But the technical reality that changed how the tiny minority of successful artists got their income has a much wider effect than artists' income -- radio didn't mostly affect music, it changed every fact about the world. The Internet, too.

I don't think you fully understand what the phrase "successful artists" means. Or "fact," for that matter. But that aside, this doesn't make any sense whatsoever, so I have nothing to rebut.

The biggest challenge to the incomes of the tiny minority of artists who do succeed today is the fact that there is a highly concentrated entertainment industry (five publishers, four labels, five studios) and they have incrediby abusive, one-sided standard contracts.

Again, define "success" before you build an argument based upon it. There isn't some "success" benchmark, below which is non-success, and above which is Easy Streetâ„¢. Do you mean "I can pay my rent"? Because that's not that difficult. Or do you mean "I have a house in the Hills / Overlookin' the sea / It's worth eight but I only paid five point three." Because those are two very different things. Even your precious Amanda Palmer, who is successful by any reasonable benchmark, can't roll with Dre. In my opinion, I'm quite successful. I have an income that is twice the median, own a house, have a two-car garage and a swimming pool, but compared to Ms. Palmer or Dre, I've barely moved the needle in my career. Back to your lottery analogy, you imply that Dre's success is the result, for all intents and purposes, of hitting five digits plus the Powerball. News flash: Dre didn't win the lottery. He made the fucking Chronic.

And "incrediby [sic] abusive, one-sided standard contracts..." Have you ever even seen a recording contract? Record labels are essentially very specialized banks. If you've ever bought a new car or a house, this is pretty much the same thing. "We'll buy this thing for you, and then you'll owe us all the money we spent, plus some more to pay for our time and expenses and effort." It's really not complicated. You act like a dick and snort your advance off the tits of a Sunset Strip hooker, you're gonna have trouble. You act like a professional and do your fucking job, and happen to make some music that people like, you're in pretty good shape. It's not fucking magic.

The real fix for this is to eliminate the de facto subsidies to giant multinational corporations (lobbying priveleges [sic], legalized tax-cheating, etc). (This would also fix pretty much everything else!).

Really. Will it fix the fact that some people just aren't good at making music people want to hear or pictures people want to look at or books people want to read? Because those are pretty important factors in your mystical "success." Also, there are about 5 logical fallacies in this one single paragraph. That has to be some kind of record.

But in the meantime, we can encourage the 'competitor of last resort' - the Internet and all the services that allow artists to opt out of the big five/four and go on their own. That means not imposing enormous copyright liabilities on them (to found Youtube today, you don't just need a garage full of hard-drives, you also need a $300M Content ID system, which means we aren't going to see a lot of Youtube competitors any time soon).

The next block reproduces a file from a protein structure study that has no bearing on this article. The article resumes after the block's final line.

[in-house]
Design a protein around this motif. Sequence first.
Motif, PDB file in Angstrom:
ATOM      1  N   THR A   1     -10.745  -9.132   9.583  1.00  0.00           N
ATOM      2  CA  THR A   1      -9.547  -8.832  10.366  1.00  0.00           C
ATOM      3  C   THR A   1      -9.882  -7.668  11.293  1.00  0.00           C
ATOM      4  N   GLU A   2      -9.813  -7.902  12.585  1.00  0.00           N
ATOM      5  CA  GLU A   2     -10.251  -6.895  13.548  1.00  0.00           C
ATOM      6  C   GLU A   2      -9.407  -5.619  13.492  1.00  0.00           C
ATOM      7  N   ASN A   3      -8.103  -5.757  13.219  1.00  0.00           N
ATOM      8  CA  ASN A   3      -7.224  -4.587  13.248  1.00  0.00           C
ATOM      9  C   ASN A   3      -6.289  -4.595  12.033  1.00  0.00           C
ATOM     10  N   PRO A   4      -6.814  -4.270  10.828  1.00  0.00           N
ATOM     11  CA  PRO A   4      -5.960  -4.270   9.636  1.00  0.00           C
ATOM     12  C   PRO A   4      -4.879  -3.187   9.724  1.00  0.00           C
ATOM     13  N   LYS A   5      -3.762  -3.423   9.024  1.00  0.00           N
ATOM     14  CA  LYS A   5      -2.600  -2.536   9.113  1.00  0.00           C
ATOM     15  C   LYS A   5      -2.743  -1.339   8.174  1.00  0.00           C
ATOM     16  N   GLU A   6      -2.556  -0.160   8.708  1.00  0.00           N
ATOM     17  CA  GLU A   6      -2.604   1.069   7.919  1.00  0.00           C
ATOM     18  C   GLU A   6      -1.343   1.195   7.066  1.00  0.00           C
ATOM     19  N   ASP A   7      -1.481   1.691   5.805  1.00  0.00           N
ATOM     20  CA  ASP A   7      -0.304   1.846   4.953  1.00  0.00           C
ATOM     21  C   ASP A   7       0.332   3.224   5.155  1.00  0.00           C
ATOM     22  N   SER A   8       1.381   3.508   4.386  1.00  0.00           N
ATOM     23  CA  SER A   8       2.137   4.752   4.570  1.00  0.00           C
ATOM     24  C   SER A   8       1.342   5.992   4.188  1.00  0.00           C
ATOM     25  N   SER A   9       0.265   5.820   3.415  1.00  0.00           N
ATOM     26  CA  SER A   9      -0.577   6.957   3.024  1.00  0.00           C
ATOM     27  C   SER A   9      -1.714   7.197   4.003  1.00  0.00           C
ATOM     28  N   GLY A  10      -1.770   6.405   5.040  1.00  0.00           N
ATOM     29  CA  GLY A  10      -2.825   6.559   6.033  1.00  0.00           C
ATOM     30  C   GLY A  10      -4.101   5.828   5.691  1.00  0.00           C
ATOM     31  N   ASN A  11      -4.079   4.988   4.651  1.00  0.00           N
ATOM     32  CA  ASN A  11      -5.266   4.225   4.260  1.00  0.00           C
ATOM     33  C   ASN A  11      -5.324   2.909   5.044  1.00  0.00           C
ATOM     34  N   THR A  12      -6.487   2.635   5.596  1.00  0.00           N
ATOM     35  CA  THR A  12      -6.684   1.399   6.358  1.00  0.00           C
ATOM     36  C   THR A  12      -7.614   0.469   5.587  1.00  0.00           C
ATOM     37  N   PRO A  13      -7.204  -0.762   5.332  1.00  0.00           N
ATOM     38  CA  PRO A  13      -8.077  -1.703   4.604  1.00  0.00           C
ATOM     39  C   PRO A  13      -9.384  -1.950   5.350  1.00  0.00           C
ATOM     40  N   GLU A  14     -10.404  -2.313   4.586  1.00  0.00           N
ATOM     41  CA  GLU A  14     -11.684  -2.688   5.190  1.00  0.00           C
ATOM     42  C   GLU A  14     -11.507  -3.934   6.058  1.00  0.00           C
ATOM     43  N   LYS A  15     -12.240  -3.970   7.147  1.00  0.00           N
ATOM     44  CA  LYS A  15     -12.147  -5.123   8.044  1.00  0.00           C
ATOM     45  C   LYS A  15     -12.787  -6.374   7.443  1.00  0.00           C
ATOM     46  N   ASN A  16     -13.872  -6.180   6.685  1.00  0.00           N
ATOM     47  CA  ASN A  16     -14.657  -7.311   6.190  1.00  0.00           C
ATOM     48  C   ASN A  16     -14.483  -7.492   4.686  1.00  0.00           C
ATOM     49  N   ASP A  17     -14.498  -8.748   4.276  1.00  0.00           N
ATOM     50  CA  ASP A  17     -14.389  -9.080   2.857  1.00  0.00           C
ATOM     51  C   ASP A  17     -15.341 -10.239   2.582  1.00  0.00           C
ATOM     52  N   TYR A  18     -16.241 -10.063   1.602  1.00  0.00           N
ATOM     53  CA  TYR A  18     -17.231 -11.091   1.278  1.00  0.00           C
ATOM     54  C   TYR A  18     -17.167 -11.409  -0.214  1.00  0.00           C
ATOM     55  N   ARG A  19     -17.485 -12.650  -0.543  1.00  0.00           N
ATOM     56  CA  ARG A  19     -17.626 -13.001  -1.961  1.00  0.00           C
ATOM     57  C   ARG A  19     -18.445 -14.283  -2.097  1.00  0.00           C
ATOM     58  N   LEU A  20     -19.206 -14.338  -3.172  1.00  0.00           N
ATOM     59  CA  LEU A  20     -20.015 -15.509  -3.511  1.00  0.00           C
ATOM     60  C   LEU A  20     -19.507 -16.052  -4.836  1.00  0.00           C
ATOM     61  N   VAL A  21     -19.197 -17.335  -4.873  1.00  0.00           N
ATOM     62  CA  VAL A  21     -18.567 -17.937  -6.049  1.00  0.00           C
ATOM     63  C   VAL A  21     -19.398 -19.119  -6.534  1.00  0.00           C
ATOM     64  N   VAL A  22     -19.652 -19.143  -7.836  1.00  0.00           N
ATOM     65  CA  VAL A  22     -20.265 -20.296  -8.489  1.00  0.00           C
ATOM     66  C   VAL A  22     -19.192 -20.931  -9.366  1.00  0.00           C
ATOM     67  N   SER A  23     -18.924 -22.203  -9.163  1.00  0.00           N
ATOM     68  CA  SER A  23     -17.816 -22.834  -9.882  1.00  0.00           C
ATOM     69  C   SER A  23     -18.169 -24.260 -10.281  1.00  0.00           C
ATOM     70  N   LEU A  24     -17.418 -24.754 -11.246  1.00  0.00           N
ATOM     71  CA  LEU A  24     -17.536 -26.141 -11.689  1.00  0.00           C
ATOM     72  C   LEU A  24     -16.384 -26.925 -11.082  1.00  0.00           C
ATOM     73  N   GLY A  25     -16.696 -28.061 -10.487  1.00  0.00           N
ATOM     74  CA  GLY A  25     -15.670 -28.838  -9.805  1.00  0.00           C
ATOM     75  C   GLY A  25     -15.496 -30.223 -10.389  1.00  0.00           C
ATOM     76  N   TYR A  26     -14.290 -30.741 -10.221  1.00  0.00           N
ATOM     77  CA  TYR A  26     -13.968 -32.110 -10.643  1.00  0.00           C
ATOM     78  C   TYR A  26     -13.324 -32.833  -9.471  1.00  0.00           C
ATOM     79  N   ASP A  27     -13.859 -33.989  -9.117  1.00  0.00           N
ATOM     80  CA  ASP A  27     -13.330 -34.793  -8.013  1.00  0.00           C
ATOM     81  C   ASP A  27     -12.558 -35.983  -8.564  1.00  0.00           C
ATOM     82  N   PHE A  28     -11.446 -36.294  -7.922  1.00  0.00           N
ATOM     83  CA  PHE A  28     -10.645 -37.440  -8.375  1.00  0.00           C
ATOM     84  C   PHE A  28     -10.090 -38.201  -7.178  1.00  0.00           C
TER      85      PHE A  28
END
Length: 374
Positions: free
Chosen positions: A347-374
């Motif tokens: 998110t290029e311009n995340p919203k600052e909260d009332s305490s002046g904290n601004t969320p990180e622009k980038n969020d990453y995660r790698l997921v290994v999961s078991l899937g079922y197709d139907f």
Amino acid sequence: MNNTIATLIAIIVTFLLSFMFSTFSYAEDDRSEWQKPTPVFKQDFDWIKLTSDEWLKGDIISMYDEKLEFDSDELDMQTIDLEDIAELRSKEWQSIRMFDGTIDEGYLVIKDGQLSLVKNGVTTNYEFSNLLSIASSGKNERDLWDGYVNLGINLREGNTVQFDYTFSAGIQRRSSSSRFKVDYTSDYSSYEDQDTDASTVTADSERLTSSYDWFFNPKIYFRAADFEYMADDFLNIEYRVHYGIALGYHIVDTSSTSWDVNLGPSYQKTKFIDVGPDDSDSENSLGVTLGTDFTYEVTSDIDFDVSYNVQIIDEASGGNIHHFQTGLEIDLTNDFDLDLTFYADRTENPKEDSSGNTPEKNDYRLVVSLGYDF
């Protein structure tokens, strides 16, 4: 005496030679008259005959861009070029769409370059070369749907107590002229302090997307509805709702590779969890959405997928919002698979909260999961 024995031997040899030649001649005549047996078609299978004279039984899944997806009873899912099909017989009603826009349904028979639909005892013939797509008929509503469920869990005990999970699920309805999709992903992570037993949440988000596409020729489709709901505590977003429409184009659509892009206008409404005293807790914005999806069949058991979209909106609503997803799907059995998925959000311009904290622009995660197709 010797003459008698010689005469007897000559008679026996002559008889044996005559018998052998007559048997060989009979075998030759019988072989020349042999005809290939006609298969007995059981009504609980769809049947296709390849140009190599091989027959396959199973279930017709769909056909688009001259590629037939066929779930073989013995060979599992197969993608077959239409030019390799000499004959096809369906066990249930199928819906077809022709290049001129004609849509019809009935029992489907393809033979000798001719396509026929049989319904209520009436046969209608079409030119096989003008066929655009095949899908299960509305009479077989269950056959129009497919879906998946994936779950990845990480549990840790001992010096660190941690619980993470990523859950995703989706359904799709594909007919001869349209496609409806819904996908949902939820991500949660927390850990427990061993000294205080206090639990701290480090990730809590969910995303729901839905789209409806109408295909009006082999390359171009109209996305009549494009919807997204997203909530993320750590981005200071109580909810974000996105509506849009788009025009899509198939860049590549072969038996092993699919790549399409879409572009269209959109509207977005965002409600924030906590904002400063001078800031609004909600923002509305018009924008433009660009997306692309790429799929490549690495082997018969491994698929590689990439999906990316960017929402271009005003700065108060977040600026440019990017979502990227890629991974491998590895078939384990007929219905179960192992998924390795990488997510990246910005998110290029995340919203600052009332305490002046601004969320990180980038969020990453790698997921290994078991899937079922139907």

Ah, here's the source of all magic and unicorns, at last. The Internet. The Great Arbitratorâ„¢. Finally, I can leave this life of poverty and hardship. Man, you need to get the fuck out of your house once in a while. I strongly suggest you come down to NAMM, and see what the real music industry looks like. At the risk of going all ad-hominem on your Canadian ass, it's a very different beast than this YouTube-based morass of Ukulele covers by quirky beflanneled Millennials that you've concocted in your head.

And there are like 60 YouTube competitors. At least.

The existence of an alternative to the big companies puts a floor on the worst offer they can make to artists -- it has to be better than the best deal we can get for ourselves, outside of their walls.

There was _always_ an alternative to "the big companies." It was the small companies. Your precious internet made getting a nice deal with a middle-sized indie really fucking hard, though. So thanks for that. I never used to blame you directly, Cory, but I think I'm going to start.

But here's the onion: the ability to put up a YouTube video (or a Bandcamp album page, or populate the upload fields on TuneCore ingestion) doesn't mean an audience will appear out of thin air. And while you've never straight-out defined it, I'm pretty sure your definition of "success" isn't "can pay my bills," but rather "has an audience." Because that's the coin you trade in.

Let me ask you this: if I paid the appropriate amount of money, and sent you some records to listen to, would it ensure a nice above-the-fold article on the front page of Boing Boing? Just curious. Hope my Bandcamp records move enough units this week to cover that.


Page 2 of 3

Nov.20.2014 @ 3:49 PM
I've ranted before here, many years ago, about being sick of Doctorow's 'free culture' yadda yadda. At that time it was about DRM, a thing I normally think is annoying and a fools errand. But the sense of entitlement w/ which he railed about it, and tacitly gave a pass to pirates, made me want take the side of fuckin' corporations. It's like he takes a position based a set of circumstances and applies it to everything with no sense of scale or nuance.